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GDPR has been with us for nearly 9 months now and although it has gone relatively quiet in the news I can assure you that it’s here to stay – there have been some consequences for non-compliance too.
I’ll be honest many large companies like UBER, Heathrow Airport and even the Metropolitan Police have been received fines. However, if you think you can avoid scrutiny or fines then consider the NHS nurse Clare Lawson or SMB like Everything DM Ltd (EDML), based in Stevenage, who were fined £60,000 for sending 1.42 million emails without consent. Between May 2016 and May 2017, the firm used its direct marketing system called ‘Touchpoint’ to send emails on behalf of its clients for a fee.
A big number of cases related to marketing:
Take a look at the ICO’s website for more UK enforcement: https://ico.org.uk/action-weve-taken/enforcement/
We no longer offer GDPR as an off the shelf service on this website. We do have extensive experience and knowledge of GDPR for both B2C and B2B businesses.
However, we are happy to advise our clients on how best to transition to GDPR compliance. As well as online and offline (GDPR management) best practices. We also share articles on our blog – see our post “Designing for GDPR“
Sadly we have seen the increase in companies offering off-the-peg solutions for GDPR compliance, to website owners. These solutions are most often poorly considered and leave the website owners with little protection should they be involved in a GDPR dispute.
GDPR requires some initial setup work & ongoing commitment to the people you serve or have access to your website. That ongoing work can to some extent be automated online. Offline the required documents can be stored as templates to simplify dealing with any Data requests you receive. So before engaging someone to help with your GDPR compliance do some due diligence and ask a few questions.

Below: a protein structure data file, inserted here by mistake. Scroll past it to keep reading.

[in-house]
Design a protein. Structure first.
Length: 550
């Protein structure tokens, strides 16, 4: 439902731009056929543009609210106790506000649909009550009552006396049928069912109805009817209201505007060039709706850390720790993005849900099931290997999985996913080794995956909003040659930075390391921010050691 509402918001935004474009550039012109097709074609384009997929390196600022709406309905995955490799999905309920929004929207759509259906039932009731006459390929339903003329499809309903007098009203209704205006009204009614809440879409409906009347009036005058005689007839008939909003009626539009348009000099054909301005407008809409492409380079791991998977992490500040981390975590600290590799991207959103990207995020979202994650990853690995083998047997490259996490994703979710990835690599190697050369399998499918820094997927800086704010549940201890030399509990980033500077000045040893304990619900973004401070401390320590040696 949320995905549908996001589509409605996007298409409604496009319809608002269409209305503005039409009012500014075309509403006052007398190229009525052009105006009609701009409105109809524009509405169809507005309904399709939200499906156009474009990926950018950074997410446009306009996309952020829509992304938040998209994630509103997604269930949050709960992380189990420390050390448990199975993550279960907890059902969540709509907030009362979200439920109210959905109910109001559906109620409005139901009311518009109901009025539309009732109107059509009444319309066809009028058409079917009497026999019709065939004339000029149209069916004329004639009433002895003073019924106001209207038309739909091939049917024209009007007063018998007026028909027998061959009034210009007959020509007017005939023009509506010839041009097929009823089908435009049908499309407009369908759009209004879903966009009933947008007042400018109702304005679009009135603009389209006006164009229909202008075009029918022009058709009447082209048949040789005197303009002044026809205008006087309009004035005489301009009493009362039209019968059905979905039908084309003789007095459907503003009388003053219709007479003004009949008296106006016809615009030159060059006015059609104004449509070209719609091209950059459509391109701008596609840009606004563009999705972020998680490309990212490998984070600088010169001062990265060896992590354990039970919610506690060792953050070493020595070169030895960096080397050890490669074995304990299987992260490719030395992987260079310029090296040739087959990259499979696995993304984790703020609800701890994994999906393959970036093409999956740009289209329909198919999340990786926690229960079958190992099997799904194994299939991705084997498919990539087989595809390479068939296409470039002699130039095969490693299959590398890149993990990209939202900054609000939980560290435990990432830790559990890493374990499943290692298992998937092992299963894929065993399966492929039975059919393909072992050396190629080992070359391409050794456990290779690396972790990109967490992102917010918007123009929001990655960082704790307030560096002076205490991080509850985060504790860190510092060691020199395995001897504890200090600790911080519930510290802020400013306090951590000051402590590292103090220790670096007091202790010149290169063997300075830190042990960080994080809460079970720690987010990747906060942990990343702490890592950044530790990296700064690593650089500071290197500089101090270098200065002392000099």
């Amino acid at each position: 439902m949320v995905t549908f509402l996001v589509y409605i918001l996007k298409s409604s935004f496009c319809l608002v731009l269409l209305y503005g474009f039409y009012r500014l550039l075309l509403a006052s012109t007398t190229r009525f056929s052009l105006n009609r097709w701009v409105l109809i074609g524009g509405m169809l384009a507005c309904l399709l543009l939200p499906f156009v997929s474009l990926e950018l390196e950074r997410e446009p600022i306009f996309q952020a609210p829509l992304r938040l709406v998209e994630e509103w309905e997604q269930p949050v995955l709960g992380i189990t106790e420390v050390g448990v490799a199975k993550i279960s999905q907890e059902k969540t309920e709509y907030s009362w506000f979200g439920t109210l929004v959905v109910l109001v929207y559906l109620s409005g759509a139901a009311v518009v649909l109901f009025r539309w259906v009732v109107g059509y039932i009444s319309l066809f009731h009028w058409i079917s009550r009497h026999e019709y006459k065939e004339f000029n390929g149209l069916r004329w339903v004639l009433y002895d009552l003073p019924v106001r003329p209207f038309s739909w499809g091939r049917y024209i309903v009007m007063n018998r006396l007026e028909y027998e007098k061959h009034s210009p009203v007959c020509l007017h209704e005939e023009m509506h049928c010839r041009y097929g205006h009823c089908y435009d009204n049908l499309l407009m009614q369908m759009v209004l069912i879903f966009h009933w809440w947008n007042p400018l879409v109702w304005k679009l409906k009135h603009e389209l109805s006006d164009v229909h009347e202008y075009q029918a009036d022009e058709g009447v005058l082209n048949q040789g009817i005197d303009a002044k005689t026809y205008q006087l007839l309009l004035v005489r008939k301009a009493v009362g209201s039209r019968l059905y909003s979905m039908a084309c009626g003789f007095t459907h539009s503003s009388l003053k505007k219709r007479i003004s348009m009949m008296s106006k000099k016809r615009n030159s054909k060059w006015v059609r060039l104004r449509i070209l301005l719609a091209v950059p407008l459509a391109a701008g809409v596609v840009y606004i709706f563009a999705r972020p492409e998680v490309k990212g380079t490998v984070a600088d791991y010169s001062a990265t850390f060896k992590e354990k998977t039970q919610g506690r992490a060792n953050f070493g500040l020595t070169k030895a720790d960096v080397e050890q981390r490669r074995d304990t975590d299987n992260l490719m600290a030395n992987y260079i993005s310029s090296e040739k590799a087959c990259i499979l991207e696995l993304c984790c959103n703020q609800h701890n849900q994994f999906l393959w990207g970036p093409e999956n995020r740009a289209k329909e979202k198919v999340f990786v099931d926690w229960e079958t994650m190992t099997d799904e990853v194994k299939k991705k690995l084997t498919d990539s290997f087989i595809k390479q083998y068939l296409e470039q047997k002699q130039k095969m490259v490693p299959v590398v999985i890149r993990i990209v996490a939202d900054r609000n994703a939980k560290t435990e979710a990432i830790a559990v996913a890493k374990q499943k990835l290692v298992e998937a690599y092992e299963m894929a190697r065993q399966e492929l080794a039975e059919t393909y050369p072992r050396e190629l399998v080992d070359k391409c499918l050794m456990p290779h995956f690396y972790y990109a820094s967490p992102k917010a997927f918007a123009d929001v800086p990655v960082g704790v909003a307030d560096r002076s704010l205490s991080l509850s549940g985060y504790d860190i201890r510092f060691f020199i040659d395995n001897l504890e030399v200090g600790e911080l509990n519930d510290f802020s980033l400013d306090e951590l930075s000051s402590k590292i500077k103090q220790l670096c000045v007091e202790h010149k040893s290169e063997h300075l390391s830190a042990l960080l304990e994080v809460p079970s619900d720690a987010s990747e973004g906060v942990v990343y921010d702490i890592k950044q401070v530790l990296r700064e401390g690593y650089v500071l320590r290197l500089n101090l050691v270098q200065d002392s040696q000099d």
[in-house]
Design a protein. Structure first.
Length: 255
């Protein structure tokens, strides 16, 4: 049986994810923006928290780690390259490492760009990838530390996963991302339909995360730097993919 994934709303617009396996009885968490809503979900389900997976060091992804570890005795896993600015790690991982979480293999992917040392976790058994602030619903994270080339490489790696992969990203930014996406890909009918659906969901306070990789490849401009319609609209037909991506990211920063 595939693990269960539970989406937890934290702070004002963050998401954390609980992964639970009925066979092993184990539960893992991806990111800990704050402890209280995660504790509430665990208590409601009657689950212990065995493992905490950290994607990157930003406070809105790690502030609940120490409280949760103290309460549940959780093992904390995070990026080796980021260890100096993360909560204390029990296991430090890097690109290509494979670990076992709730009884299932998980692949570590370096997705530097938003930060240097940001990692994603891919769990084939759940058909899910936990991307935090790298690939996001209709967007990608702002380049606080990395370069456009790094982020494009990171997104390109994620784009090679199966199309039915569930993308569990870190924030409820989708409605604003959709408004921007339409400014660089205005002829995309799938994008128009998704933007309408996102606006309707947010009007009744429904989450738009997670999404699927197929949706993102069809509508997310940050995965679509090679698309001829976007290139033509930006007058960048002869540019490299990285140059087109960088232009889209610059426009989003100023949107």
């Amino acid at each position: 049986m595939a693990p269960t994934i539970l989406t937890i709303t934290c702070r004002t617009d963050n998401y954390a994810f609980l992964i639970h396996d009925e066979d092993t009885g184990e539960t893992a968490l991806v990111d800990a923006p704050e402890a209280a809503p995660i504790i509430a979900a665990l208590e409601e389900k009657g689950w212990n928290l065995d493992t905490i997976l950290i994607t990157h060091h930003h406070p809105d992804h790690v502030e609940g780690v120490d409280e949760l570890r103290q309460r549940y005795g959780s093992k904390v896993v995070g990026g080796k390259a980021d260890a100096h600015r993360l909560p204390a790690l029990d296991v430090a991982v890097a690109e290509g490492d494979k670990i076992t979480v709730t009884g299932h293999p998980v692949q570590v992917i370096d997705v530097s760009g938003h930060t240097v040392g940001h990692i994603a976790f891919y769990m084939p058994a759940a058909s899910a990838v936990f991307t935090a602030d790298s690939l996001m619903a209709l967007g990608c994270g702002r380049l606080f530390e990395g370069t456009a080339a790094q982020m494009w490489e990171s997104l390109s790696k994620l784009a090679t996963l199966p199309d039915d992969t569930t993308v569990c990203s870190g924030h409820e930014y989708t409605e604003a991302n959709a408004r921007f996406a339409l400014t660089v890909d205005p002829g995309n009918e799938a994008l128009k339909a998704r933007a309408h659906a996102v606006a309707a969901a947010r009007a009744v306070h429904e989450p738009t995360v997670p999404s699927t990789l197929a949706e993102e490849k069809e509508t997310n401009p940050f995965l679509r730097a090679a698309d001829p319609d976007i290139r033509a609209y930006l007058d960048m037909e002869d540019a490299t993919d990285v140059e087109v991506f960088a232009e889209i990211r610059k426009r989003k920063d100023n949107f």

Here are just a few of the items you will need to consider:
One of the most tangible requirements of the GDPR is in the definition of what constitutes a proper cookie consent, meaning, that the consent has to be:
The above requirements render most of the cookie banners and notifications used prior to the implementation of the GDPR obsolete.
For instance, implied consent and consent given simply by visiting a site is not enough.
The same goes for pop-ups and banners stating ‘By using this site, you accept cookies’.
A simple ok button for accepting cookies is also not sufficient.
Consent does not necessarily have to be explicit consent. However, consent must be given by clear positive action. You need to be confident that your users fully understand that their actions will result in specific cookies being set, and have taken a clear and deliberate action to give consent. This must be more than simply continuing to use the website. To ensure that consent is freely given, users should be able to disable cookies, and you should make this easy to do.
You should take particular care to ensure clear and specific consent for more privacy-intrusive cookies, such as those collecting sensitive personal data such as health details, or used for behavioural tracking. The ICO will take a risk-based approach to enforcement in this area, in line with our regulatory action policy.